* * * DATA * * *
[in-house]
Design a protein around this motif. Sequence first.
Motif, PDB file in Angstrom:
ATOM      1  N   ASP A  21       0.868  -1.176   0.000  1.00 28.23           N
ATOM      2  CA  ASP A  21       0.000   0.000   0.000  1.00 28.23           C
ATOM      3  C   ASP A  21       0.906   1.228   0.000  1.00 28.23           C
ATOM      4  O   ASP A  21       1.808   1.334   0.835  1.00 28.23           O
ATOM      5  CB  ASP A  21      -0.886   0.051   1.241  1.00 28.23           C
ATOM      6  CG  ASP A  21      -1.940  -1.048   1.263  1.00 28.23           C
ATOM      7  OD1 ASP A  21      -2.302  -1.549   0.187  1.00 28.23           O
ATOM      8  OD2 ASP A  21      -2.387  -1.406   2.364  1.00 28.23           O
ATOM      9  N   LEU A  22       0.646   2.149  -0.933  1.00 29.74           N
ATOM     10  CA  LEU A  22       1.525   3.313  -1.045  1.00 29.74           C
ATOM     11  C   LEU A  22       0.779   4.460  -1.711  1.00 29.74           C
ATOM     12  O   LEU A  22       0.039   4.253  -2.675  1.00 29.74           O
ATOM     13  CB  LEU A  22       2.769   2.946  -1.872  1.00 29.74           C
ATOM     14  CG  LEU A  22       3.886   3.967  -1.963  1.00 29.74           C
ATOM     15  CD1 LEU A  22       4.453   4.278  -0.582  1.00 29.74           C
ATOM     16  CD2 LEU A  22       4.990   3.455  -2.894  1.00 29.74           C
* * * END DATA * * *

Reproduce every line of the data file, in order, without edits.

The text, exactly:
[in-house]
Design a protein around this motif. Sequence first.
Motif, PDB file in Angstrom:
ATOM      1  N   ASP A  21       0.868  -1.176   0.000  1.00 28.23           N
ATOM      2  CA  ASP A  21       0.000   0.000   0.000  1.00 28.23           C
ATOM      3  C   ASP A  21       0.906   1.228   0.000  1.00 28.23           C
ATOM      4  O   ASP A  21       1.808   1.334   0.835  1.00 28.23           O
ATOM      5  CB  ASP A  21      -0.886   0.051   1.241  1.00 28.23           C
ATOM      6  CG  ASP A  21      -1.940  -1.048   1.263  1.00 28.23           C
ATOM      7  OD1 ASP A  21      -2.302  -1.549   0.187  1.00 28.23           O
ATOM      8  OD2 ASP A  21      -2.387  -1.406   2.364  1.00 28.23           O
ATOM      9  N   LEU A  22       0.646   2.149  -0.933  1.00 29.74           N
ATOM     10  CA  LEU A  22       1.525   3.313  -1.045  1.00 29.74           C
ATOM     11  C   LEU A  22       0.779   4.460  -1.711  1.00 29.74           C
ATOM     12  O   LEU A  22       0.039   4.253  -2.675  1.00 29.74           O
ATOM     13  CB  LEU A  22       2.769   2.946  -1.872  1.00 29.74           C
ATOM     14  CG  LEU A  22       3.886   3.967  -1.963  1.00 29.74           C
ATOM     15  CD1 LEU A  22       4.453   4.278  -0.582  1.00 29.74           C
ATOM     16  CD2 LEU A  22       4.990   3.455  -2.894  1.00 29.74           C